Interviewing a highlight in reporting process


Kathleen Ortiz

Reporting essentials.

Gabby Norman, Managing Editor

When it comes to interviews, I almost always get the same questions and requests. “Make me sound smart,” is a recurring demand, as is “Why me?” After a seemingly endless train of these questions, I thought, why not make both of our lives a little bit easier and share my personal process along with tips and tricks for a great interview.

First, there’s the brainstorming. This is arguably the hardest part of the whole process. What story can I do that won’t mirror ones I’ve already done, are relevant, and most importantly, will make an impact? Once I have my idea for a story, I have to figure out who to interview. When I was in face to face school, this was much easier. I’d talk with my teacher, Mrs. Ortiz, then have a call slip sent to your class, and we’d conduct our interview during lunch. 

Now that I’m virtual; however, things are insanely difficult. Some people I find through Instagram, some are recommended by coaches, and some I find through my friends. 

So now I have a person to interview, and I have to set it up. This is what causes people the most anxiety when in reality it’s quite a simple process. I’ll ring you up, preferably FaceTime, and we’ll have a conversation. I’ll have a list of 21 questions (it’s almost always 21), and I’ll type up your answers on my laptop. There are no bright lights, good cop/bad cop, or torture. We’re just two people, having a conversation. 

Once my interviews are conducted, I go through the transcript, picking out some of my best quotes. I use these to help come up with a lead for the story. This is the very first line, the “attention-grabber.” A great lead can make or break a story, so it has to be as perfect as possible. Once I come up with a lead, I open a new Google document, put my headphones in, and just write.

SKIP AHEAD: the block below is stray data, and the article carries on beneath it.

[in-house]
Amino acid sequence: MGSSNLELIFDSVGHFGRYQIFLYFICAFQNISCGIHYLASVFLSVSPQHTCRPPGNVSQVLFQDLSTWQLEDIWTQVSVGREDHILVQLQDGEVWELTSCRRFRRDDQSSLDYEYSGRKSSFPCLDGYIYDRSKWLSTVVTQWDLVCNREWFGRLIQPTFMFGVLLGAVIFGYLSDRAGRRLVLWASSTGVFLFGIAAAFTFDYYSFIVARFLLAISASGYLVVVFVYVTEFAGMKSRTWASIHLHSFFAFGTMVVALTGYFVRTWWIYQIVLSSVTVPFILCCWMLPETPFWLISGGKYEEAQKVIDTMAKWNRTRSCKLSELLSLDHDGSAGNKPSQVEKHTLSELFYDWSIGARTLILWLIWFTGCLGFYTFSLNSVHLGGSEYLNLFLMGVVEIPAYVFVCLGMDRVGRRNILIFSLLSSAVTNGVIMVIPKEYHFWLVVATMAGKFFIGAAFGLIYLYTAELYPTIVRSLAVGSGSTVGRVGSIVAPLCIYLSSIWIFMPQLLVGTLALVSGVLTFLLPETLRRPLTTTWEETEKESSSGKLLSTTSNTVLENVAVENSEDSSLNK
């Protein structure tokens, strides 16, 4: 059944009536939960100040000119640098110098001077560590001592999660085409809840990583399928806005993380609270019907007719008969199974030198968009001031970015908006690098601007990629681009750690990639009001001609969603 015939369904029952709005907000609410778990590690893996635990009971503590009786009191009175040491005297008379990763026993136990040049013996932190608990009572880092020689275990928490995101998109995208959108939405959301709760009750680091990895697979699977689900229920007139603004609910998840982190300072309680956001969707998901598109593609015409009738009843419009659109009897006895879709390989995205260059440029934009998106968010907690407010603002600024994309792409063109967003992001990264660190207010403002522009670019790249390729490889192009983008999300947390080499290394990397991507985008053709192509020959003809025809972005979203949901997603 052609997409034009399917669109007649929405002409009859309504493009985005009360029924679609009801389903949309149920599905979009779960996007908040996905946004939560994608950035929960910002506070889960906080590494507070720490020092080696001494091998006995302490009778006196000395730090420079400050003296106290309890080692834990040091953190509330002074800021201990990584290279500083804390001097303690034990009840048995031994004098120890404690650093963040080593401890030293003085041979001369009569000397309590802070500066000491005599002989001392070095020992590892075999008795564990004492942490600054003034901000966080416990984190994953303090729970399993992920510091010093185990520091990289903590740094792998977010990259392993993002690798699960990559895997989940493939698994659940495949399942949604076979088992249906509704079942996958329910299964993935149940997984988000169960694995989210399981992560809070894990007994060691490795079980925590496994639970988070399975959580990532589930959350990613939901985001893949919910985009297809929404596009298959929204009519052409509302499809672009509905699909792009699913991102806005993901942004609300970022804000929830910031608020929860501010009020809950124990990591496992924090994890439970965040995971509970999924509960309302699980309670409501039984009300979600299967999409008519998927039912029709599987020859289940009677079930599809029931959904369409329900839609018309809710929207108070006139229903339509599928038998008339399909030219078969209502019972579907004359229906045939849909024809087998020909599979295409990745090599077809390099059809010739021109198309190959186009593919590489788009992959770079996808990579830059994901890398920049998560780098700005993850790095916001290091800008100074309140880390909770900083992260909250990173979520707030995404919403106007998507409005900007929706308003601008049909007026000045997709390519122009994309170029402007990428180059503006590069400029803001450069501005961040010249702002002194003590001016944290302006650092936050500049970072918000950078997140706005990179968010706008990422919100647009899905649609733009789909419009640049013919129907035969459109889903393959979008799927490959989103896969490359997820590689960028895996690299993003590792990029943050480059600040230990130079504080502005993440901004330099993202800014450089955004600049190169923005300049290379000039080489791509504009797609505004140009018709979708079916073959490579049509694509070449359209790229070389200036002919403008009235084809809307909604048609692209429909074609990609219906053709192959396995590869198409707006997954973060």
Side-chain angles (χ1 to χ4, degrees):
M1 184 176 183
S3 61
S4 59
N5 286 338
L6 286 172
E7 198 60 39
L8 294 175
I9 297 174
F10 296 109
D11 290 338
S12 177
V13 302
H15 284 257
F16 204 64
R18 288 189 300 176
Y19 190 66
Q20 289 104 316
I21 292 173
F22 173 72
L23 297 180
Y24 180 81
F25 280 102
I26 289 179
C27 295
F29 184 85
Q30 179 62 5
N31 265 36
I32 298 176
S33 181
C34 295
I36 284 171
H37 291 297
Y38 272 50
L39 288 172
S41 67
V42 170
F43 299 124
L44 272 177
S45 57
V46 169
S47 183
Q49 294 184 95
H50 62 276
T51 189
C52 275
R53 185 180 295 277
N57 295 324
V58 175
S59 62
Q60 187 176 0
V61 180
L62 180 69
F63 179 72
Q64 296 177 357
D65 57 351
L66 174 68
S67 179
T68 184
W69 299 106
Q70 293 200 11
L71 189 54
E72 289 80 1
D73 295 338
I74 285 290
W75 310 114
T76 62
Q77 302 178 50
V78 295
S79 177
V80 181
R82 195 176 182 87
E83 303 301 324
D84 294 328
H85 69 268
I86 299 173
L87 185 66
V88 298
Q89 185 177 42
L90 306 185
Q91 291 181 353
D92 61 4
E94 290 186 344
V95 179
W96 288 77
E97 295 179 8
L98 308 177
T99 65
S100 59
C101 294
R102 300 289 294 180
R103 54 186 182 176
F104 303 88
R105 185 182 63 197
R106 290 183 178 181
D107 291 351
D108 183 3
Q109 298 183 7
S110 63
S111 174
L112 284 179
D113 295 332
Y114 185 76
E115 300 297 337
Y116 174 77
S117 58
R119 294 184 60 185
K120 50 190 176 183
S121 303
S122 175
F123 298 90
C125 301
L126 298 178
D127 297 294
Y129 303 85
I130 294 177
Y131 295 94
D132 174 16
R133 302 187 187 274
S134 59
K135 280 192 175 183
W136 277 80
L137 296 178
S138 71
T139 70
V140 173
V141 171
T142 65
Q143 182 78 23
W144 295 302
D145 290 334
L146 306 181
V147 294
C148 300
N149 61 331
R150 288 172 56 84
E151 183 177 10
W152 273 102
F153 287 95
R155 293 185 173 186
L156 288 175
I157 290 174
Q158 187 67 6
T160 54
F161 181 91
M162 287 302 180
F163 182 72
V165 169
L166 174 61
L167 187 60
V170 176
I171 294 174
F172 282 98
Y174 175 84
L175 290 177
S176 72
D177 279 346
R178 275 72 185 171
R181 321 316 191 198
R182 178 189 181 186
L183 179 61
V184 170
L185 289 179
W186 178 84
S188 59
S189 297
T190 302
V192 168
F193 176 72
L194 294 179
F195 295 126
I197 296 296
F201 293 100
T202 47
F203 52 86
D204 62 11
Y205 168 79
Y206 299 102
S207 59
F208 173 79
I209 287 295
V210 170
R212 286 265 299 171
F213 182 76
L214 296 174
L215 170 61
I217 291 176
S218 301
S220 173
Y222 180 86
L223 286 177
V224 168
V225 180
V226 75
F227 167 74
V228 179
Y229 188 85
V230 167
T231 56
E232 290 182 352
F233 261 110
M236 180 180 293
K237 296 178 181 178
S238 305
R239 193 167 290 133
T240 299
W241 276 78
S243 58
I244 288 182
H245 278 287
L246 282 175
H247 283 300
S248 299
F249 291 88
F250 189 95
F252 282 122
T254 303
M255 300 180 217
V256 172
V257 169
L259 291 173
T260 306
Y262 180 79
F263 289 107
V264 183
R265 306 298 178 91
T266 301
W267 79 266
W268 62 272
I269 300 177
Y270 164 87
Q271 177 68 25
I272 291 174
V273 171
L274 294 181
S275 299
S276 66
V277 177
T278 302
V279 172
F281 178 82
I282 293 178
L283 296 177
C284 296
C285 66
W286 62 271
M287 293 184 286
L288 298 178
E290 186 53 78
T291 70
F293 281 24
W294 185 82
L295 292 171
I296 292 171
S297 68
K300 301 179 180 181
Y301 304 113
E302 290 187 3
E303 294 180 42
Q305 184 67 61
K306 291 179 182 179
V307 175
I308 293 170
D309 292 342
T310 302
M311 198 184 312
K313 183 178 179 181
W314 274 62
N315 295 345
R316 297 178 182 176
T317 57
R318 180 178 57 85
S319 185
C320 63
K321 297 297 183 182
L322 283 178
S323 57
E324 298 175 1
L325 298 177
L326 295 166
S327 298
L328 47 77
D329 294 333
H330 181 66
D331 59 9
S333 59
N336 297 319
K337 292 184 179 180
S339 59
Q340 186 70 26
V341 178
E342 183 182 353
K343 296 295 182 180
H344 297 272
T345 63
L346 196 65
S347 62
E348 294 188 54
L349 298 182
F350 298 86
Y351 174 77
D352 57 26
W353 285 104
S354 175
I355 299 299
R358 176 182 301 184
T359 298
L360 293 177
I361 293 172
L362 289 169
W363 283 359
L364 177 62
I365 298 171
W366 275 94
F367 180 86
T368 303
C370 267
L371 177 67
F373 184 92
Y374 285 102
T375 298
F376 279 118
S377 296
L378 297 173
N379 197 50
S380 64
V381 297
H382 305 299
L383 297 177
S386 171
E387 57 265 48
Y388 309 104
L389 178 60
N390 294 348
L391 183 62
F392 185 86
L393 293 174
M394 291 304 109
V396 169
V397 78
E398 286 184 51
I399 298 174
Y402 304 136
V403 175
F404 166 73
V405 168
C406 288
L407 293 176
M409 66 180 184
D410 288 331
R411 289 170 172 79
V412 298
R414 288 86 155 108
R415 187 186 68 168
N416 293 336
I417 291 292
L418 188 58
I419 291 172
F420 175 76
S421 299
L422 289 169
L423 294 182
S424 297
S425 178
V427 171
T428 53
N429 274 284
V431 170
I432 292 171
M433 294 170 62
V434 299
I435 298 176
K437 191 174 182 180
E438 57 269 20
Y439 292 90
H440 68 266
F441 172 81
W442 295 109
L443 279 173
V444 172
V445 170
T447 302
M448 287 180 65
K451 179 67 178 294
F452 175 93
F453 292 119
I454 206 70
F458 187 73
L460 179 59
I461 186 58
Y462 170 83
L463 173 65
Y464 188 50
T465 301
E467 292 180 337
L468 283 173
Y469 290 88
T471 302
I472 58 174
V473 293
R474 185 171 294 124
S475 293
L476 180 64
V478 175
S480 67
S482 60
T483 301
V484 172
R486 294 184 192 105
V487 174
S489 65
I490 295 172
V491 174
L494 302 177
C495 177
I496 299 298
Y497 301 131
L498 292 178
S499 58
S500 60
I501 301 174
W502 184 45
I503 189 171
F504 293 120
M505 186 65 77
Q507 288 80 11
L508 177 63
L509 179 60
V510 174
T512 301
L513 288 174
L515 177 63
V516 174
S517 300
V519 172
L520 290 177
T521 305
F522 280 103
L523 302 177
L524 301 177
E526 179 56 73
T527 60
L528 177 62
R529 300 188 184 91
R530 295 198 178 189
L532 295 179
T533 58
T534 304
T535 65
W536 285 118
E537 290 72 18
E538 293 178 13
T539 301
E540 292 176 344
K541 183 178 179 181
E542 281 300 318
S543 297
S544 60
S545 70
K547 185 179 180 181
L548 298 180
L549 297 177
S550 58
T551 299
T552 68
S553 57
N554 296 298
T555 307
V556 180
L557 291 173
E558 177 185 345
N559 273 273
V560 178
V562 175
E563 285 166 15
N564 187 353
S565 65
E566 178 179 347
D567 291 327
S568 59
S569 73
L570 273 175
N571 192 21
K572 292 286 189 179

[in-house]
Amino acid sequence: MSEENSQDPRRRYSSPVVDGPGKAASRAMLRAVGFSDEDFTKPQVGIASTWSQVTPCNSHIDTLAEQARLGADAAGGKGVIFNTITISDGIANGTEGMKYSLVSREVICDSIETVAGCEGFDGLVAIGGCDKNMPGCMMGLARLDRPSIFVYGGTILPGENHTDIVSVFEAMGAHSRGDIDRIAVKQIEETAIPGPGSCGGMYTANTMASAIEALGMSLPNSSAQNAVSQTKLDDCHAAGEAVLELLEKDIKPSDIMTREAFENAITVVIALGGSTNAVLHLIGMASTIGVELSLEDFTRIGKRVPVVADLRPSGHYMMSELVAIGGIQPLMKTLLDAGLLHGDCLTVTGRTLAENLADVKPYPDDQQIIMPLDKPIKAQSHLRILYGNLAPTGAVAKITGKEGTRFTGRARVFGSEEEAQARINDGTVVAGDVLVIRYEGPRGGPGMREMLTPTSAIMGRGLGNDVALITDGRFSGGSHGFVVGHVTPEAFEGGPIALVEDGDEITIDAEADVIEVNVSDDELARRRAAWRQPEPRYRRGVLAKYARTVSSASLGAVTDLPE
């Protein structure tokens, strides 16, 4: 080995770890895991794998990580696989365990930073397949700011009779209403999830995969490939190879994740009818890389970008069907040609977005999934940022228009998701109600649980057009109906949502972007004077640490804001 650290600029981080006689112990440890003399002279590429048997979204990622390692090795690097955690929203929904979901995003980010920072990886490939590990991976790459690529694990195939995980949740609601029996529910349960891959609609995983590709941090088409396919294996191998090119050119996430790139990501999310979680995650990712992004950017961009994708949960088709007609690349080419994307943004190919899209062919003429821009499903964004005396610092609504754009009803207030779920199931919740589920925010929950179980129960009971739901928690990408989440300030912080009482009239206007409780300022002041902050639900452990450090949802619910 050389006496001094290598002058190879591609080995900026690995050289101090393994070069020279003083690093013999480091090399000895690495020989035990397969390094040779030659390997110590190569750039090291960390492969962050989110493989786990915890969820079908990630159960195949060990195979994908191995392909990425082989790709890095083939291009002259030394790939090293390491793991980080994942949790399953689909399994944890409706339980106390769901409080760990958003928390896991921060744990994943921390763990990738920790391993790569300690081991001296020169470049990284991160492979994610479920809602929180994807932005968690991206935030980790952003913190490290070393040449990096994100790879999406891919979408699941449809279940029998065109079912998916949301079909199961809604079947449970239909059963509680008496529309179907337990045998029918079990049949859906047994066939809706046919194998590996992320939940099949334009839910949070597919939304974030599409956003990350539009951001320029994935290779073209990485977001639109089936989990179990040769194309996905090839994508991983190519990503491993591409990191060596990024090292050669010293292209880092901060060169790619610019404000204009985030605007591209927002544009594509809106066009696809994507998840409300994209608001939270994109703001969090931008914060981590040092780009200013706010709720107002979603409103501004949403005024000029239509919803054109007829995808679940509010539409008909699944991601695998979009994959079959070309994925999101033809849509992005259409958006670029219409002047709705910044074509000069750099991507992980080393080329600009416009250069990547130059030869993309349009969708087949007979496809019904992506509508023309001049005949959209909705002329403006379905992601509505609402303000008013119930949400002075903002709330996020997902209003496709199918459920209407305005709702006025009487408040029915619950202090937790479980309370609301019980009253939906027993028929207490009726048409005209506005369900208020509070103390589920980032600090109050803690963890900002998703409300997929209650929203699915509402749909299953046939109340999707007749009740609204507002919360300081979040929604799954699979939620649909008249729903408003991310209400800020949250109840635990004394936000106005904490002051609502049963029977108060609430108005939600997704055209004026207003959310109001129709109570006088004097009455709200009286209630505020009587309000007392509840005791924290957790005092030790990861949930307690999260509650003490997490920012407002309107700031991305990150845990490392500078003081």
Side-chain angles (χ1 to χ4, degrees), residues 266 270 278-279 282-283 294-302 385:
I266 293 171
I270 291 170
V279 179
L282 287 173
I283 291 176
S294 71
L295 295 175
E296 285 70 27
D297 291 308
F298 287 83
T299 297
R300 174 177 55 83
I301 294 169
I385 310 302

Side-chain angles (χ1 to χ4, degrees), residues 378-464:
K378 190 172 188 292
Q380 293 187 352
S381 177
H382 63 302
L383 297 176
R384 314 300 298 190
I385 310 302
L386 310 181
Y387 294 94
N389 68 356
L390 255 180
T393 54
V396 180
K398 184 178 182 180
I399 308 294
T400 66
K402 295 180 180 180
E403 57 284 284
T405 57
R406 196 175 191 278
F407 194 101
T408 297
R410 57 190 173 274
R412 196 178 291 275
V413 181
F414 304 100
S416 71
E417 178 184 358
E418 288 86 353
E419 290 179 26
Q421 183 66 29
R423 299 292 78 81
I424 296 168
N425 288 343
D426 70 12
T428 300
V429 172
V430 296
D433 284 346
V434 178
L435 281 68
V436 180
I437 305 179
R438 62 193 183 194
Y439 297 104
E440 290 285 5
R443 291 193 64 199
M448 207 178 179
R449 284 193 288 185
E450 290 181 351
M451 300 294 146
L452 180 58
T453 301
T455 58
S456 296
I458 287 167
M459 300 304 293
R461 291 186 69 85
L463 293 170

Most of the time, it’s like putting a puzzle together. I mix a person’s words with mine, quoting them, and using my voice to tie their quotes together. When I feel I’m done, I’ll share it with Mrs. Ortiz, and from there she will make edits to it. (Let me tell you, there will always be edits, and they are always needed.) Once it has the stamp of approval, it’s placed online or in the newspaper, and I’m off working on my next project. 

It’s not so scary, is it?

Lots of people I have interviewed came into it nervously, not knowing what was going to happen, and left telling me, “That wasn’t so bad.” I’ve become great friends with people I’ve done stories on. It’s a way to make a connection with other people. 

In conclusion, here are my top 5 tips when you have to be interviewed.

1. It’s not an interrogation, it’s a conversation. I’m not going to bite your head off, I’m genuinely interested in talking to you.

2. Don’t be afraid to ask questions, too. The more we talk, the more you’ll open up without realizing, and you might reveal some deep thought you didn’t even know you had.

3. For goodness sake, don’t give one-word answers. That makes my life so difficult, and it won’t let me write a great story about you. 

4. If it sounds interesting to you, join the journalism program! I’ve traveled to Chicago and Washington D.C. and I plan to go to Philadelphia next year! I’ve made many great friends and had numerous opportunities. 

5. Spread the word! If you have an idea for a story or something you would like to our publication, let us know! Contact me, or stop by room 1504 to talk to one of our great staff members.